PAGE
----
Production and preservation

Business groups accountable for 45% of Brazilian GDP advocate sustainable growth


by Andréa Ciaffone

Taking care of the planet is the best deal, and it is fair to think that more and more companies know this. Marina Grossi, president of the Brazilian Business Council for Sustainable Development (CEBDS), is one of the most representative voices to highlight the importance of the union between economics and ecology. Bringing together about 60 of the largest business groups operating in Brazil, with revenues equivalent to about 45% of GDP and responsible for more than 1 million direct jobs, CEBDS, founded in 1997, is a pioneer in the struggles in favor of sustainability, biodiversity, responsible water use and positive social impact. Among its challenges are global warming, practices that destroy natural heritage and human rights violations. It was the first entity in the country to defend the concept of the triple bottom line of sustainability, which is how the objective of achieving good results in economic, social and environmental terms became known. The same priorities are aligned with the Environmental and Social Governance (ESG) policies, which have become one of the priority issues for companies operating in both Brazil and Canada.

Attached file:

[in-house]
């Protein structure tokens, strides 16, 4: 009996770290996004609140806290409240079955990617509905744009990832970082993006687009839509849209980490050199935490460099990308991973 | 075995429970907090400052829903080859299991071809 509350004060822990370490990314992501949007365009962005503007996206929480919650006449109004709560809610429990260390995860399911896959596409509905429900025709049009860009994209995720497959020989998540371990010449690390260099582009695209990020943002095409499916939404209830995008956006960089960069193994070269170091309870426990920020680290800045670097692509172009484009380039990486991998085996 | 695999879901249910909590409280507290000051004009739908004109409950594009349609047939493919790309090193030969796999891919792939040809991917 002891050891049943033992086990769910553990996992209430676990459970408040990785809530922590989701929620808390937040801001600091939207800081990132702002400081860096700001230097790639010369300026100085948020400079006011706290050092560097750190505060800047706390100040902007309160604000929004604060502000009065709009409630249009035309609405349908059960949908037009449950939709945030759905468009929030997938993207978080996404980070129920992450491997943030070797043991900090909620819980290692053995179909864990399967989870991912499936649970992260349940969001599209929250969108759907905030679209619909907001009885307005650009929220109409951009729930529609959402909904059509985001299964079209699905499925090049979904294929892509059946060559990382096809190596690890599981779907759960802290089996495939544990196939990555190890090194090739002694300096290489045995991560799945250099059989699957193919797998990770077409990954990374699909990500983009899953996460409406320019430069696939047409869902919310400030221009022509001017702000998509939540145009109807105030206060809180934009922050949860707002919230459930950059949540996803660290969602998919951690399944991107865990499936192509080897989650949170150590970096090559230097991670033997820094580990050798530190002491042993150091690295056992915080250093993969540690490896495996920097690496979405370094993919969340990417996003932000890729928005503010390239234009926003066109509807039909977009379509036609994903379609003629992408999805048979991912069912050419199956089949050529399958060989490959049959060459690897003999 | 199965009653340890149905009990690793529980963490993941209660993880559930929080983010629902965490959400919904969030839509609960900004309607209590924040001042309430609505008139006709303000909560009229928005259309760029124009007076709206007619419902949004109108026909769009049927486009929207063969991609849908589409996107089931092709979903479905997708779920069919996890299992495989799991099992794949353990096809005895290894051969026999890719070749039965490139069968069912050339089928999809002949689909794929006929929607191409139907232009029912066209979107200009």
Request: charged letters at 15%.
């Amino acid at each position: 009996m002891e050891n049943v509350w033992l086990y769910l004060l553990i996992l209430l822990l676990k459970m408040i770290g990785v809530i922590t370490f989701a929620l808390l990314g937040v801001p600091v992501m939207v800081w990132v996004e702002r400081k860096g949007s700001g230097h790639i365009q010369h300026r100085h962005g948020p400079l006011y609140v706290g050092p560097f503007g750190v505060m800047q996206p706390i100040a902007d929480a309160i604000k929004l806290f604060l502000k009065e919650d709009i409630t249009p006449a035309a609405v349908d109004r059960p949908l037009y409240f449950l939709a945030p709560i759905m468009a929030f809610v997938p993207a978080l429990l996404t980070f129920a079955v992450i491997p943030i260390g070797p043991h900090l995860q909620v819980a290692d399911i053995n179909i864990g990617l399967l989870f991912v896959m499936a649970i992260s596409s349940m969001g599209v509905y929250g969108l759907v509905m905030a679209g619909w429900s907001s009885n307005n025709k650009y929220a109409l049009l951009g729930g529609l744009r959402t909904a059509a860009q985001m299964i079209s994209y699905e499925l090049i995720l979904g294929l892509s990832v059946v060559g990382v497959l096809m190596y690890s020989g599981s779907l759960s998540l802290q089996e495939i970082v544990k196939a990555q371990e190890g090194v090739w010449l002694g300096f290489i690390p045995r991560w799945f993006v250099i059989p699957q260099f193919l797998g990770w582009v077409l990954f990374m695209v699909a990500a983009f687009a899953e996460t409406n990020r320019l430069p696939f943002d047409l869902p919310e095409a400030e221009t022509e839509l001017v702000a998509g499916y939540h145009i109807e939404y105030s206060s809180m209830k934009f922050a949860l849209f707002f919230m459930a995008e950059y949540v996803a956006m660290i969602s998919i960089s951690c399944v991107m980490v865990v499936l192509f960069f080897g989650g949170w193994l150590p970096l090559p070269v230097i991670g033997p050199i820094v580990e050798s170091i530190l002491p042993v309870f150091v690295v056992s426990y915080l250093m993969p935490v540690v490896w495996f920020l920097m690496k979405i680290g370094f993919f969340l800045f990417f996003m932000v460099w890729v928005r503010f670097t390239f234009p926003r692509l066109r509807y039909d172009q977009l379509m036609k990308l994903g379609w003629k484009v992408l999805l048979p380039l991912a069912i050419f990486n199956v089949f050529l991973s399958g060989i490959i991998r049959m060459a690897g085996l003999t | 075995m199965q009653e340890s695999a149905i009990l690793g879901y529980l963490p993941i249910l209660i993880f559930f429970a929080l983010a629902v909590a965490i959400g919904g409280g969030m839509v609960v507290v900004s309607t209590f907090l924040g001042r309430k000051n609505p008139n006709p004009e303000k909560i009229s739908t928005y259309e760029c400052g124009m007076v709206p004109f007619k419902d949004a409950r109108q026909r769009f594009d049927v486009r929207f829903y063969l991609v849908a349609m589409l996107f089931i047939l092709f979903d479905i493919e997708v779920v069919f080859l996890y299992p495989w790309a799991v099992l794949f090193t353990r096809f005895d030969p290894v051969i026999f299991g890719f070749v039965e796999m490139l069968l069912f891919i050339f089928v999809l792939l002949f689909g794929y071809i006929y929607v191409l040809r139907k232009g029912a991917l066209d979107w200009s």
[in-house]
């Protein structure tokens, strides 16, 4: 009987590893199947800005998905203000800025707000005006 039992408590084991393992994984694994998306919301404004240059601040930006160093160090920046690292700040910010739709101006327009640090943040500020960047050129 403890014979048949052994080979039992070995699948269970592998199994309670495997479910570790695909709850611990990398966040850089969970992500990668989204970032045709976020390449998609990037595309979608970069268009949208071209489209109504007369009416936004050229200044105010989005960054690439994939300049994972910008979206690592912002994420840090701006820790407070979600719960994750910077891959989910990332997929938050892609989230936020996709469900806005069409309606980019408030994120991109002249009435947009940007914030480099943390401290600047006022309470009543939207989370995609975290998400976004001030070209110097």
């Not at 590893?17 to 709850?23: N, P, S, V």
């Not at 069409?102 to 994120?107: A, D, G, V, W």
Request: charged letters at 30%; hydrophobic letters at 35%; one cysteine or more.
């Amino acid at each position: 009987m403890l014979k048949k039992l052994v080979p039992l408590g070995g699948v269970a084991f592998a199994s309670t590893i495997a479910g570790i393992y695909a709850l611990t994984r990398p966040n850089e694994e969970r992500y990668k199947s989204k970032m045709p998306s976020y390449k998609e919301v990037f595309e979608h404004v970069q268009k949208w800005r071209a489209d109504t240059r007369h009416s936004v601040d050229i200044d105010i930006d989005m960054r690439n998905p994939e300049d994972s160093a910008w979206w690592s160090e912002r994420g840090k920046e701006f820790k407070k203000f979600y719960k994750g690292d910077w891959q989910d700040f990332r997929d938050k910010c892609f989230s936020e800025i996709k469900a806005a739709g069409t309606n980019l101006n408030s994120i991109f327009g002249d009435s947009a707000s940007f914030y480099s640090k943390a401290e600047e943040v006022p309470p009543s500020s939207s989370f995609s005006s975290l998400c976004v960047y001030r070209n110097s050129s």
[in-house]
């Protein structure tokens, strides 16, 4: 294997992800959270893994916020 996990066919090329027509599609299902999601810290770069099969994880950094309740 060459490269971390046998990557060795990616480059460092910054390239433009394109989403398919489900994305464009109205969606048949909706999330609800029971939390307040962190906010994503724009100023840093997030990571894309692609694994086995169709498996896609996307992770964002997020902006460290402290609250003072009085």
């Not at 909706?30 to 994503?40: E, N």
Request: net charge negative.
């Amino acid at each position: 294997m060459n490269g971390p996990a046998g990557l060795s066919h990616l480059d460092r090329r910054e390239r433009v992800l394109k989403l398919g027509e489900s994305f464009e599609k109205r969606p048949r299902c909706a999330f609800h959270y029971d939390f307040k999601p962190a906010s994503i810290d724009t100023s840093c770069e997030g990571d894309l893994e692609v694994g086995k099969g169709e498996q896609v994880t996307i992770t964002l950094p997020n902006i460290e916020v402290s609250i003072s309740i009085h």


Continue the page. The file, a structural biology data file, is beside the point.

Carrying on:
CEBDS is the representative in Brazil of the World Business Council for Sustainable Development (WBCSD), with approximately 60 national and regional boards of 22 industrial segments in 36 countries of 200 business groups present in all continents. The CEBDS has been highly active in the political scenario. In July 2020, during the severe fires that hit the Pantanal, The Amazon, and The Cerrado, it published the Brazilian Business Sector Communiqué. The document clearly expresses that the possibility of attracting new investments to the country is proportional to the government’s ability to establish a new economic paradigm to reconcile productivity and environmental preservation.
Marina Grossi, amid a busy routine, spoke to Explore about the current events. In the presidency of CEBDS since 2010, the economist has an inspiring path: she was a member of the governing board of the World Bank coalition focused on carbon pricing; from 1997 to 2001. She played the role of Brazil’s negotiator at the Parties’ conference to the United Nations Framework Convention on Climate Change (CLIMATE COP). She was the coordinator of the Brazilian Climate Change Forum from 2001 to 2003. She also participated in the negotiations of the Kyoto Protocol. This vast experience surfaced in her statements.

The pandemic’s whole context has made many people stop to think about the current reality, becoming aware of our society’s weaknesses. Would it be possible to believe that people would be more committed to advocating issues such as environmental preservation, diversity, inclusion, conscious consumption, and water care at this point?